IT WAS borne out of riots that left a pub gutted and the area the focus of national headlines.
But 20 years later, Hyde Park Unity Day is making headlines for all the right reasons - bringing together thousands of people to celebrate LS6.
The date of each year’s event is only announced two weeks before the big day, but that didn’t stop 5,000 people from across the Hyde Park area descending on the event on Saturday.
It was made possible thanks to a dedicated group of volunteers, many of whom were up early on Sunday morning, bracing their fuzzy heads and the rain to clean up after the event.
The day included dozens of performances by bands, acts and DJs across various stages and tents, as well as a dog show, sports, yoga, crafts and arts workshops.
Committee member Amit Roy said: “The music speaks for itself, with so many bands and DJs coming together to perform, but for me, it’s what happens around the edges - the groups of kids playing football, or the kids creating paintings with their handprints - that really makes Unity Day. It was a lovely crowd and a lovely atmosphere.”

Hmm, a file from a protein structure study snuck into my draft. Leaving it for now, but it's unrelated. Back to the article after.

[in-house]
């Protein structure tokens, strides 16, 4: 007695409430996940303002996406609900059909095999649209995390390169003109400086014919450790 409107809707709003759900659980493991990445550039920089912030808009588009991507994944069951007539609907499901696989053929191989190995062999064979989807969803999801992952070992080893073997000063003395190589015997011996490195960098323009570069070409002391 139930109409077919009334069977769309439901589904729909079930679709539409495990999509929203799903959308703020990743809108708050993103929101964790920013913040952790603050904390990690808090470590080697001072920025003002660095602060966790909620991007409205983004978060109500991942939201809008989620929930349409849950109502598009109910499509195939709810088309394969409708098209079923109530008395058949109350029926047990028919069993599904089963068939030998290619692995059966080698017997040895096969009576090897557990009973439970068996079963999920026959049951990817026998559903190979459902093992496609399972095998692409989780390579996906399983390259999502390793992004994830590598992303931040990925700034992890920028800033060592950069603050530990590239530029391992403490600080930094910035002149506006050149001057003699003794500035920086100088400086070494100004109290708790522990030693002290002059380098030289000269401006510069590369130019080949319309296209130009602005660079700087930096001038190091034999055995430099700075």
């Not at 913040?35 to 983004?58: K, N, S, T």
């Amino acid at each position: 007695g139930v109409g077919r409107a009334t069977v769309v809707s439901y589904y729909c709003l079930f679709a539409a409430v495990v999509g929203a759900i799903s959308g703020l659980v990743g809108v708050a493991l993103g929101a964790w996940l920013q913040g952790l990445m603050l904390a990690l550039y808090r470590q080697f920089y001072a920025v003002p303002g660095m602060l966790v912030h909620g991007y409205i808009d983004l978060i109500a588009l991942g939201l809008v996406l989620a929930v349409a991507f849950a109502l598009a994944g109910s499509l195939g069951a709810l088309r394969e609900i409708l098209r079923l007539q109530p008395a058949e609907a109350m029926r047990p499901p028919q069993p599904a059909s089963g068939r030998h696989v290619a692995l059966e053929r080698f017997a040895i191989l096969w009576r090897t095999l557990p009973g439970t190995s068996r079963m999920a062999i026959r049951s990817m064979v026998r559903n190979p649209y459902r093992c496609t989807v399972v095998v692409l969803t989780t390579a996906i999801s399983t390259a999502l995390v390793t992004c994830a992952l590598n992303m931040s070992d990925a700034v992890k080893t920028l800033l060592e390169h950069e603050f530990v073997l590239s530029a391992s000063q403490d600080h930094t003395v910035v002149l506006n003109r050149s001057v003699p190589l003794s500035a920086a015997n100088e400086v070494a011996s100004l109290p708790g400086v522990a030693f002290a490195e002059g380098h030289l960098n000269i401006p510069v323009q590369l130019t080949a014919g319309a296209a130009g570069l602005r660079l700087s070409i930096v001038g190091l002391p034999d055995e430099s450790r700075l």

Unity Day is a chance for the people who live in the area to re-connect.
“When we started there was a real need for something like this - and there still is now, but for different reasons,” Mr Roy said.
“At the time there was a need to give the area a positive identity and to make sure it wasn’t just known for having back to back houses and bars on windows. Now, it’s all changed. When the students are here there is a real energy and a buzz, but the people who live here can feel lost among them. So when they leave for the summer, it’s a chance for the community to come together.
“This year’s events was great. Even the weather was good. It was spitting a little, but then at 3pm when the steel band came out and hit their first note, the sun came out. It was something special.”